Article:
The moment you feel thirsty, first thing you may be reaching out to get is soda pop or in other words carbonated drinks. The simplest meaning is those drinks that have carbon dioxide added to them. Bubbles and fizzing are the result of carbonation when carbon dioxide is added to a drink. Carbonated drinks may include soft drinks that do not contain alcohol. Among other carbonated beverages there are colas, diet soda etc.
It was in 1840s that flavors were added to it. By the turn of 1900 it became a part of the western consumer’s drink choices. This was because carbonated beverages were considered as healthy and digestive. After the 1950s it came to be seen as junk food as the term essentially related to soda pop.
Even spring water may fall under the carbonated beverage category. It is naturally carbonated from the carbon dioxide that is absorbed from the ground. Beer is also a carbonated beverage but again it is a natural process that happens as carbon dioxide is created in the fermentation process. Carbonated beverages normally have carbonated water or soda water as their base. Normally there is some flavor and sweetener added to it. You can make any carbonated drink from juices, teas and wines by adding some carbonated water to it.
Soda fountains became popular in the 19th century. With problems plaguing the bottlers in US glass industry, carbonated drinks were dispensed at a soda fountain often found at drugstores or ice cream parlor. Canned drinks were only introduced in the second half of 20th century.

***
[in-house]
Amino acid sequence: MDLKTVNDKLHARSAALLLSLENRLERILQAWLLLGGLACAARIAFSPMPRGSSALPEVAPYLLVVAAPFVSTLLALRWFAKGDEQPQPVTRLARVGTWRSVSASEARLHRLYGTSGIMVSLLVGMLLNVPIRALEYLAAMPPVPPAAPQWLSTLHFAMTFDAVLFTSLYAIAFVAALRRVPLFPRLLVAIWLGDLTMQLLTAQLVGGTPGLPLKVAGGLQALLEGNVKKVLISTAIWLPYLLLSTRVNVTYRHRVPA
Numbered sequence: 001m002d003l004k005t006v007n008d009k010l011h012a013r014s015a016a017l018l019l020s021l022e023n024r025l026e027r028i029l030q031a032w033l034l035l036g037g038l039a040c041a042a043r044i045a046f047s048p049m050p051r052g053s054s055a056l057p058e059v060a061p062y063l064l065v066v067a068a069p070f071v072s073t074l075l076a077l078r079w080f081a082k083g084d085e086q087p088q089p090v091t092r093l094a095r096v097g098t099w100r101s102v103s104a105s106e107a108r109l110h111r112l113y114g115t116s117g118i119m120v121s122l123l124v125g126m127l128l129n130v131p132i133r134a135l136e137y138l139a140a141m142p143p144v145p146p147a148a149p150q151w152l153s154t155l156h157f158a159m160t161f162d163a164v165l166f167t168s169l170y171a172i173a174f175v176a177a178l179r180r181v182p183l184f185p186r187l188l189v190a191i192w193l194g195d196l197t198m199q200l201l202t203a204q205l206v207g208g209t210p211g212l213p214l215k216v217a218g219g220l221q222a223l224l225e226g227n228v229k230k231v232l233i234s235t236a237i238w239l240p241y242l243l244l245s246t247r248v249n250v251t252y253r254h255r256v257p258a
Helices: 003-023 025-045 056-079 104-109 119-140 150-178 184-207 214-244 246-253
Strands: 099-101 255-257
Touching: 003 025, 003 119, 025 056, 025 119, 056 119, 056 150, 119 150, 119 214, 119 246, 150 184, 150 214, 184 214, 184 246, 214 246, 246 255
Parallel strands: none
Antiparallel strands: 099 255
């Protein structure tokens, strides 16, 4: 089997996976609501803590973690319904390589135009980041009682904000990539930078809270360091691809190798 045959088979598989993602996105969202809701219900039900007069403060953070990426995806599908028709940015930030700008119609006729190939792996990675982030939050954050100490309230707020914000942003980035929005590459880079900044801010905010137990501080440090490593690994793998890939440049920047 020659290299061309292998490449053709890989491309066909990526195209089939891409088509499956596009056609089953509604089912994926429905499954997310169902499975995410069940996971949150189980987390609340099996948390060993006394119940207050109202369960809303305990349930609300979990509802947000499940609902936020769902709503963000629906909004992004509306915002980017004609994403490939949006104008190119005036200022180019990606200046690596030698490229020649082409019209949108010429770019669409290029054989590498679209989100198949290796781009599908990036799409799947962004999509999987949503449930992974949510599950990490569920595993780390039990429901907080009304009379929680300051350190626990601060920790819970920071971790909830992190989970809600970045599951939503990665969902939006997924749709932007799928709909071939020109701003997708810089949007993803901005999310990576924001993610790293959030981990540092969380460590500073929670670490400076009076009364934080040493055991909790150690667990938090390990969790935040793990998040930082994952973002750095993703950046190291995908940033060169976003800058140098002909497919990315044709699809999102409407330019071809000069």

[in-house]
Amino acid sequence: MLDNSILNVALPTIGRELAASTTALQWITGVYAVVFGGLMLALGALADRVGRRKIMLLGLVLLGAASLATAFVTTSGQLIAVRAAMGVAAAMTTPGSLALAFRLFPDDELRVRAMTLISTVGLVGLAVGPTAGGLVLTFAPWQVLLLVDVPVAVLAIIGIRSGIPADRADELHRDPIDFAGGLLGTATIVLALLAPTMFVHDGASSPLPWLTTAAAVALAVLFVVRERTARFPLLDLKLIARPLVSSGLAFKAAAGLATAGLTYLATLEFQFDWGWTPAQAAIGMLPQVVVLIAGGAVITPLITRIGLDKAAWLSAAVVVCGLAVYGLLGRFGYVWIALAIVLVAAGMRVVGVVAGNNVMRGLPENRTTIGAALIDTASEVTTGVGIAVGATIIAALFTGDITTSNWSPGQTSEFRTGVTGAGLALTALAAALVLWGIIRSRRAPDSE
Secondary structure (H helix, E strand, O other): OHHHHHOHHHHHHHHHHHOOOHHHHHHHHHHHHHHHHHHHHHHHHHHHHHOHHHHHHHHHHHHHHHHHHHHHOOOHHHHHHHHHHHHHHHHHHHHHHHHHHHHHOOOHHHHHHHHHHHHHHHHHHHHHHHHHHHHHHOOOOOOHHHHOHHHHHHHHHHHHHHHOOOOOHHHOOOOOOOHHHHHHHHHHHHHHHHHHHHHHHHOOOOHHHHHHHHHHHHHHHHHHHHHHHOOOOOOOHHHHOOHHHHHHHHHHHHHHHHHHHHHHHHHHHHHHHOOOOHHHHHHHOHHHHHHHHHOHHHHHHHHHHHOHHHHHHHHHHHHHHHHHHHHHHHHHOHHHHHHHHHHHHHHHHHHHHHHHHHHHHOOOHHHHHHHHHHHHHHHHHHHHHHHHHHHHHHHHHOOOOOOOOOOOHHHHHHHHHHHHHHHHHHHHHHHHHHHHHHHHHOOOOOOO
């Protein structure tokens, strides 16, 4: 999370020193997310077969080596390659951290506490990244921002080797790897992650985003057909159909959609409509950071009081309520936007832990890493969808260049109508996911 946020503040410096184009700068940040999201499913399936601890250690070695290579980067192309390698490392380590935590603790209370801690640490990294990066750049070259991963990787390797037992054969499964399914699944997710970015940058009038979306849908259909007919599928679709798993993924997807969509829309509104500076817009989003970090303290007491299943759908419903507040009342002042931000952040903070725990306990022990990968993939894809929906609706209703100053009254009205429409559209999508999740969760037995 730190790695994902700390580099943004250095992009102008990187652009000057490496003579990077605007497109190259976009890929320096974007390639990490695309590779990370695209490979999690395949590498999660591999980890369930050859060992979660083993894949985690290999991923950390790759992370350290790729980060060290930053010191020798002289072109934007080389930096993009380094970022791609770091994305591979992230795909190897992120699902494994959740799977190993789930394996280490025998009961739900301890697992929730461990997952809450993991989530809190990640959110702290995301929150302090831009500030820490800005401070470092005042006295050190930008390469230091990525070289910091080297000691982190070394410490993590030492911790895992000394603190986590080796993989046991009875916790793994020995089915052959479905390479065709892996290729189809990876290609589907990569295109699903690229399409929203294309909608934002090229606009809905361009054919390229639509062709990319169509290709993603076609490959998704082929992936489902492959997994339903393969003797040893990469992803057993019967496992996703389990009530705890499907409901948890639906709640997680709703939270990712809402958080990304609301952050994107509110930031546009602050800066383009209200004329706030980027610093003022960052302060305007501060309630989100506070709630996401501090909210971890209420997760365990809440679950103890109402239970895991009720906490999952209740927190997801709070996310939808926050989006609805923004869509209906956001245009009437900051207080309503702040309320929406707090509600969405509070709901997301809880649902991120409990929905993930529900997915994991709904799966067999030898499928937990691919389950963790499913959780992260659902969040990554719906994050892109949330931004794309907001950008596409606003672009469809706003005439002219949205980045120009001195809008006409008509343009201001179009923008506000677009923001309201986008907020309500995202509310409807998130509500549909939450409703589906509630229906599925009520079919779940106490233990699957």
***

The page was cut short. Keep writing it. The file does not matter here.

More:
The studies on carbonated soft drinks suggest that consuming these drinks causes weight gain to a large extent. There are natural varieties that are growing in popularity. USDA recommended daily allotment of added sugars is 10 teaspoons for 2000 calorie diet. However, most soft drinks have more than that amount. There are little or no minerals, vitamins, proteins or any other nutrients. They have additives such as food coloring, emulsifiers, artificial flavors, preservatives etc. They cannot be replacements to healthier choices such as water, milk and fruit juice.
Studies conducted at Harvard show that carbonated drinks or soft drinks may be a major factor causing obesity in children. In 1998 statistics relating to consumption of soft drinks and their health effects like tooth decay, nutritional depletion, obesity, etc were studied. Many carbonated drinks, especially soft drinks are acidic with pH of 3.0 or even lower. Thus consumption of such drinks may cause tooth enamel erosion. Some people feel that consumption of soft drinks causes displacement of calcium from bone causing lowering of bone density leading to osteoporosis. However, there are some studies that suggest that this effect is negligible, but the main reason could be that people who have lot of soft drinks tend to have overall low calcium diet thus causing this problem. Of late, schools in US and UK have been issued guidelines or have been banned from putting up vending machine in schools as they are a major cause of obesity among adolescents.
Overall care needs to be taken while consuming carbonated drinks and the factors ‘for and against’ it kept in mind.